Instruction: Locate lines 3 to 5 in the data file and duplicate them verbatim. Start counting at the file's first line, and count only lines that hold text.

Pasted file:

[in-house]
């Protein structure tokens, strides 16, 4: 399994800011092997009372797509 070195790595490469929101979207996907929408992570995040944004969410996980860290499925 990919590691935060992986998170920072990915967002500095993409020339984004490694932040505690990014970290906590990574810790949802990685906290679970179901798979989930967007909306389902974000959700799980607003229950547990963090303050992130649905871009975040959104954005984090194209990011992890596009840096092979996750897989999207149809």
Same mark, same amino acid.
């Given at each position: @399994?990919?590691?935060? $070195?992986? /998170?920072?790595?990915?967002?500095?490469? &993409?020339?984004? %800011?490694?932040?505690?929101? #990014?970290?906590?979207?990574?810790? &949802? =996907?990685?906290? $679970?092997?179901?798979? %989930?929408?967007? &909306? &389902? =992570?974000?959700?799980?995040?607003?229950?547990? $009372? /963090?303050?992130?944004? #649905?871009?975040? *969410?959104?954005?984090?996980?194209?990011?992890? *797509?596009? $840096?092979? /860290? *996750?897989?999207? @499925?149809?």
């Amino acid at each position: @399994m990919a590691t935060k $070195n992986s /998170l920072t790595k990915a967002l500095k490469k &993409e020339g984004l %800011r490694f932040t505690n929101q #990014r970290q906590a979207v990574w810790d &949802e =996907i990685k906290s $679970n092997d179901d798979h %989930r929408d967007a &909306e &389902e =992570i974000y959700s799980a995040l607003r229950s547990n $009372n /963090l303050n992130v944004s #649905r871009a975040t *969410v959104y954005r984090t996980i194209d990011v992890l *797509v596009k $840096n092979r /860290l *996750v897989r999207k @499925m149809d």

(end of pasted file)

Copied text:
Same mark, same amino acid.
């Given at each position: @399994?990919?590691?935060? $070195?992986? /998170?920072?790595?990915?967002?500095?490469? &993409?020339?984004? %800011?490694?932040?505690?929101? #990014?970290?906590?979207?990574?810790? &949802? =996907?990685?906290? $679970?092997?179901?798979? %989930?929408?967007? &909306? &389902? =992570?974000?959700?799980?995040?607003?229950?547990? $009372? /963090?303050?992130?944004? #649905?871009?975040? *969410?959104?954005?984090?996980?194209?990011?992890? *797509?596009? $840096?092979? /860290? *996750?897989?999207? @499925?149809?």
């Amino acid at each position: @399994m990919a590691t935060k $070195n992986s /998170l920072t790595k990915a967002l500095k490469k &993409e020339g984004l %800011r490694f932040t505690n929101q #990014r970290q906590a979207v990574w810790d &949802e =996907i990685k906290s $679970n092997d179901d798979h %989930r929408d967007a &909306e &389902e =992570i974000y959700s799980a995040l607003r229950s547990n $009372n /963090l303050n992130v944004s #649905r871009a975040t *969410v959104y954005r984090t996980i194209d990011v992890l *797509v596009k $840096n092979r /860290l *996750v897989r999207k @499925m149809d």